Aghios Georgios Vrachassotis Monastery
Aghios Georgios Vrachassotis Monastery
The monastery of St. Georgios Vrachasotis appears to have been set up in the second Byzantine period, flourishing in the Venetian period when the abbot was elected by the ruler of the Venetians in Crete (Papadakis 1986, 115), while in the years of Ottoman domination it participated actively in the revolution against the Turks. Today it is uninhabited, but big parts of the monastic complex have been restored, including apart from the church, the refectory, some cells, the olive press, an oven and other buildings. The church is a double-naved, vaulted and in the north aisle it bears frescoes dating to the 14th-15th century (1972 Platakis, 116). The entrance opens towards the south aisle, which was built later, and the lintel bears an inscription with the date 1592 (Gerola IV 1936, 520). Furthermore, in the attached three-storey belfry there is an emblem in carved relief with the date 1558 (Gerola IV 1936, 518).
A few centuries later, during the times of the Turkish occupation some very dramatic events take place in the monastery. According to the tradition, at the time of the Daskalogiannis revolution (1770), in the area of Campi, further up from the monastery some Turkish postmen raped the sister of Gabriel, who was the superior of the monastery at the time. Later that day, due to heavy rainstorms they decided to spend the night at the monastery. Superior Gabriel, who knew of his sister’s rape, at first welcomed the visitors and lead them to the cheese cellar to treat them. Always according to folklore, the superior, in order to take vengeance for his sister’s rape, arrested them and with the other monk’s aid boiled them in hot stock.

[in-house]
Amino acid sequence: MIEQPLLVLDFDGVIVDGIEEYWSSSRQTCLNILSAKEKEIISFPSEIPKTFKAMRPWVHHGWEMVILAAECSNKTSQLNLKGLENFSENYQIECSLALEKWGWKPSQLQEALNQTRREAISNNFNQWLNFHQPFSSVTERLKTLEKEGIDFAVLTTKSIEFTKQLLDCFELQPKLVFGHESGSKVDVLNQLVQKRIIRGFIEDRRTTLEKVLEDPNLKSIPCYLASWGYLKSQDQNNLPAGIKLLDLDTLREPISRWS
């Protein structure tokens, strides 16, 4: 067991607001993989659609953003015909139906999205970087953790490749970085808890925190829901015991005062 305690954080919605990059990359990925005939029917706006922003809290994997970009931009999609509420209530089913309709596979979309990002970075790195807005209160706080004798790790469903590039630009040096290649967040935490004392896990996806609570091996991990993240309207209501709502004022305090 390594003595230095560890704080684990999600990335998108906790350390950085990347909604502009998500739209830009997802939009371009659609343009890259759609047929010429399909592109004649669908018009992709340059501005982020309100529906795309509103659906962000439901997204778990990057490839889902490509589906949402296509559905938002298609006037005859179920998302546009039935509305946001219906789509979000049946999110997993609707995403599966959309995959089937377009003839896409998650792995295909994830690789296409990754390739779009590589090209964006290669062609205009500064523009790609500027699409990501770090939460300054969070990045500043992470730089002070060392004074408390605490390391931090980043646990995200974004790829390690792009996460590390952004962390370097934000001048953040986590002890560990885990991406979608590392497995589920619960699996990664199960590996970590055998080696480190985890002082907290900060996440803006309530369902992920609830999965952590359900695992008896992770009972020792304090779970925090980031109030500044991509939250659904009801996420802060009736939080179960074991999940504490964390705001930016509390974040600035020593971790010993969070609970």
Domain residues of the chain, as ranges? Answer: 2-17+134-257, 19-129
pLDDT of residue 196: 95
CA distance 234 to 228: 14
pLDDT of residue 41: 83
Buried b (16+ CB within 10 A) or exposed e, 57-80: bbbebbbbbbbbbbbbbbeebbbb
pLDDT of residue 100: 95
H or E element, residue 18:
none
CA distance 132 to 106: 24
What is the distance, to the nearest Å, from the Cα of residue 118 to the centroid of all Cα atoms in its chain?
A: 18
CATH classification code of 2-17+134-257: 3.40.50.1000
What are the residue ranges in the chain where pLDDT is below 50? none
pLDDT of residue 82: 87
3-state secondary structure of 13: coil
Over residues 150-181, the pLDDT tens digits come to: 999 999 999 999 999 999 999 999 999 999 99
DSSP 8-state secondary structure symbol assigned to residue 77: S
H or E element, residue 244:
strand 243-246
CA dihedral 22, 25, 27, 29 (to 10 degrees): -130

Thereafter, in his attempt to vanish any signs of his actions and get rid of the bodies, he threw them in a huge pot on Kolokyntha mountain.
Superior Gabriel, feeling guilty confessed his sin to the superior of Agios Georgios Epanosifis monastery, which belonged to Agios Georgios Vrahassotis monastery. The Turks were looking for the offender and whilst investigating the disappearance of their postmen they abused and tortured the superior of Epanosifis monastery, who was eventually forced to speak out the truth.
Numerous Turkish troops besieged the monastery of Agios Georgios Vrahassotis in order to arrest superior Gabriel causing a lethal battle. During that battle, the stone piece that was placed on the belfry, depicting St. George killing the lion, got shot. The mark left by the bullet can be seen today on the picture. According to the folklore, the bullet that hit the stone picture casted back killing the Turk that shot it in the first place.